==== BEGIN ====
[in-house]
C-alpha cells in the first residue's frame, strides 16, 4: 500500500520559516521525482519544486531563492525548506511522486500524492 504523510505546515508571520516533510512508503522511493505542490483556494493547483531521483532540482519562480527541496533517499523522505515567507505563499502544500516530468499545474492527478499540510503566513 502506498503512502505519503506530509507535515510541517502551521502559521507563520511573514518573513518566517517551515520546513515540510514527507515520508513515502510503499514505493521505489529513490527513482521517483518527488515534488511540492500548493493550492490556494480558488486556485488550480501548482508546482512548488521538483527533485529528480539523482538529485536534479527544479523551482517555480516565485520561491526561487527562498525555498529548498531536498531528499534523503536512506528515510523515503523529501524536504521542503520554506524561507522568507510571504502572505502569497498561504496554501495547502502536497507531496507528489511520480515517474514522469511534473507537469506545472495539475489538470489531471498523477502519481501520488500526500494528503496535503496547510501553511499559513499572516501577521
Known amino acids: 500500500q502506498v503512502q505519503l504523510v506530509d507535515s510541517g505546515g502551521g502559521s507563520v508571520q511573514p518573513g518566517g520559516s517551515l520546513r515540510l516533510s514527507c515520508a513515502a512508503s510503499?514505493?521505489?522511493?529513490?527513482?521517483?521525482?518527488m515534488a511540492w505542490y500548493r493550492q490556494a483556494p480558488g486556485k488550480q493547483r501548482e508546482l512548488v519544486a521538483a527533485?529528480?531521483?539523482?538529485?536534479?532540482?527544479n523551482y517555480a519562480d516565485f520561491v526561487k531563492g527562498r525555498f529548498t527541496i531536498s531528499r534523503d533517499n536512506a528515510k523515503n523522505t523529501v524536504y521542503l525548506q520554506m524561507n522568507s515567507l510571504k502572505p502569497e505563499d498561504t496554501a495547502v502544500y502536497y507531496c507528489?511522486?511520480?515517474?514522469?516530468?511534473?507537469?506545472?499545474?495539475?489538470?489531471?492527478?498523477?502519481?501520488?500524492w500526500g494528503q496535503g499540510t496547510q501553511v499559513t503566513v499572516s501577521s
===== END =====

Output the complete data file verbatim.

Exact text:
[in-house]
C-alpha cells in the first residue's frame, strides 16, 4: 500500500520559516521525482519544486531563492525548506511522486500524492 504523510505546515508571520516533510512508503522511493505542490483556494493547483531521483532540482519562480527541496533517499523522505515567507505563499502544500516530468499545474492527478499540510503566513 502506498503512502505519503506530509507535515510541517502551521502559521507563520511573514518573513518566517517551515520546513515540510514527507515520508513515502510503499514505493521505489529513490527513482521517483518527488515534488511540492500548493493550492490556494480558488486556485488550480501548482508546482512548488521538483527533485529528480539523482538529485536534479527544479523551482517555480516565485520561491526561487527562498525555498529548498531536498531528499534523503536512506528515510523515503523529501524536504521542503520554506524561507522568507510571504502572505502569497498561504496554501495547502502536497507531496507528489511520480515517474514522469511534473507537469506545472495539475489538470489531471498523477502519481501520488500526500494528503496535503496547510501553511499559513499572516501577521
Known amino acids: 500500500q502506498v503512502q505519503l504523510v506530509d507535515s510541517g505546515g502551521g502559521s507563520v508571520q511573514p518573513g518566517g520559516s517551515l520546513r515540510l516533510s514527507c515520508a513515502a512508503s510503499?514505493?521505489?522511493?529513490?527513482?521517483?521525482?518527488m515534488a511540492w505542490y500548493r493550492q490556494a483556494p480558488g486556485k488550480q493547483r501548482e508546482l512548488v519544486a521538483a527533485?529528480?531521483?539523482?538529485?536534479?532540482?527544479n523551482y517555480a519562480d516565485f520561491v526561487k531563492g527562498r525555498f529548498t527541496i531536498s531528499r534523503d533517499n536512506a528515510k523515503n523522505t523529501v524536504y521542503l525548506q520554506m524561507n522568507s515567507l510571504k502572505p502569497e505563499d498561504t496554501a495547502v502544500y502536497y507531496c507528489?511522486?511520480?515517474?514522469?516530468?511534473?507537469?506545472?499545474?495539475?489538470?489531471?492527478?498523477?502519481?501520488?500524492w500526500g494528503q496535503g499540510t496547510q501553511v499559513t503566513v499572516s501577521s